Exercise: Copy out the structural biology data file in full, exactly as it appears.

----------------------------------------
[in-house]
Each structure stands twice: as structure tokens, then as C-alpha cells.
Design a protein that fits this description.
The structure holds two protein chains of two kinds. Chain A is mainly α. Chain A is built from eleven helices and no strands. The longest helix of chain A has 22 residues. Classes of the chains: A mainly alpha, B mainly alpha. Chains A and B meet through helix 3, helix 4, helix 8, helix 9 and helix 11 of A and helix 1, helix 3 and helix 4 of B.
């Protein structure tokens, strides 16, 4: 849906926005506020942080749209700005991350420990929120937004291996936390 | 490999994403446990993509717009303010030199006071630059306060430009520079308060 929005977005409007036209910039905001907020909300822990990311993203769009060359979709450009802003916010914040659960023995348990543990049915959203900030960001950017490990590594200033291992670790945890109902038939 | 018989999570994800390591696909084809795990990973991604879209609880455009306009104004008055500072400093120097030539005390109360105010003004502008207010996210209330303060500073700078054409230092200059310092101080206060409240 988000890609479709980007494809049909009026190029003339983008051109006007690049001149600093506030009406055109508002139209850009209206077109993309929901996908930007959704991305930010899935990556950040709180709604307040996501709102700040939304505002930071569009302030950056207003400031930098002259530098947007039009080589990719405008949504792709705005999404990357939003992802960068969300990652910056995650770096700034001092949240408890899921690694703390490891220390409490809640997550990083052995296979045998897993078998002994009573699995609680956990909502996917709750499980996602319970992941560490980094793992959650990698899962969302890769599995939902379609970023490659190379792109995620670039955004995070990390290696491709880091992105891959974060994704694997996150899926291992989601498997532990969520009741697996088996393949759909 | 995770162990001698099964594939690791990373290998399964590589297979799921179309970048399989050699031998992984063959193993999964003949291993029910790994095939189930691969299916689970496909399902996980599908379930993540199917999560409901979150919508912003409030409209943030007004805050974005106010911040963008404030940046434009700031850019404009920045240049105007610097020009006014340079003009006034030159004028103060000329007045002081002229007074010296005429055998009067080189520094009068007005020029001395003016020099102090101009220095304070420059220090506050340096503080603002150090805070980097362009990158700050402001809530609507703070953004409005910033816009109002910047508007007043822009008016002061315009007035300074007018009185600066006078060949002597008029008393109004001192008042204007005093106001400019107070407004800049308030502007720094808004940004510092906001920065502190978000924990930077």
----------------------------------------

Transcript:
[in-house]
Each structure stands twice: as structure tokens, then as C-alpha cells.
Design a protein that fits this description.
The structure holds two protein chains of two kinds. Chain A is mainly α. Chain A is built from eleven helices and no strands. The longest helix of chain A has 22 residues. Classes of the chains: A mainly alpha, B mainly alpha. Chains A and B meet through helix 3, helix 4, helix 8, helix 9 and helix 11 of A and helix 1, helix 3 and helix 4 of B.
């Protein structure tokens, strides 16, 4: 849906926005506020942080749209700005991350420990929120937004291996936390 | 490999994403446990993509717009303010030199006071630059306060430009520079308060 929005977005409007036209910039905001907020909300822990990311993203769009060359979709450009802003916010914040659960023995348990543990049915959203900030960001950017490990590594200033291992670790945890109902038939 | 018989999570994800390591696909084809795990990973991604879209609880455009306009104004008055500072400093120097030539005390109360105010003004502008207010996210209330303060500073700078054409230092200059310092101080206060409240 988000890609479709980007494809049909009026190029003339983008051109006007690049001149600093506030009406055109508002139209850009209206077109993309929901996908930007959704991305930010899935990556950040709180709604307040996501709102700040939304505002930071569009302030950056207003400031930098002259530098947007039009080589990719405008949504792709705005999404990357939003992802960068969300990652910056995650770096700034001092949240408890899921690694703390490891220390409490809640997550990083052995296979045998897993078998002994009573699995609680956990909502996917709750499980996602319970992941560490980094793992959650990698899962969302890769599995939902379609970023490659190379792109995620670039955004995070990390290696491709880091992105891959974060994704694997996150899926291992989601498997532990969520009741697996088996393949759909 | 995770162990001698099964594939690791990373290998399964590589297979799921179309970048399989050699031998992984063959193993999964003949291993029910790994095939189930691969299916689970496909399902996980599908379930993540199917999560409901979150919508912003409030409209943030007004805050974005106010911040963008404030940046434009700031850019404009920045240049105007610097020009006014340079003009006034030159004028103060000329007045002081002229007074010296005429055998009067080189520094009068007005020029001395003016020099102090101009220095304070420059220090506050340096503080603002150090805070980097362009990158700050402001809530609507703070953004409005910033816009109002910047508007007043822009008016002061315009007035300074007018009185600066006078060949002597008029008393109004001192008042204007005093106001400019107070407004800049308030502007720094808004940004510092906001920065502190978000924990930077």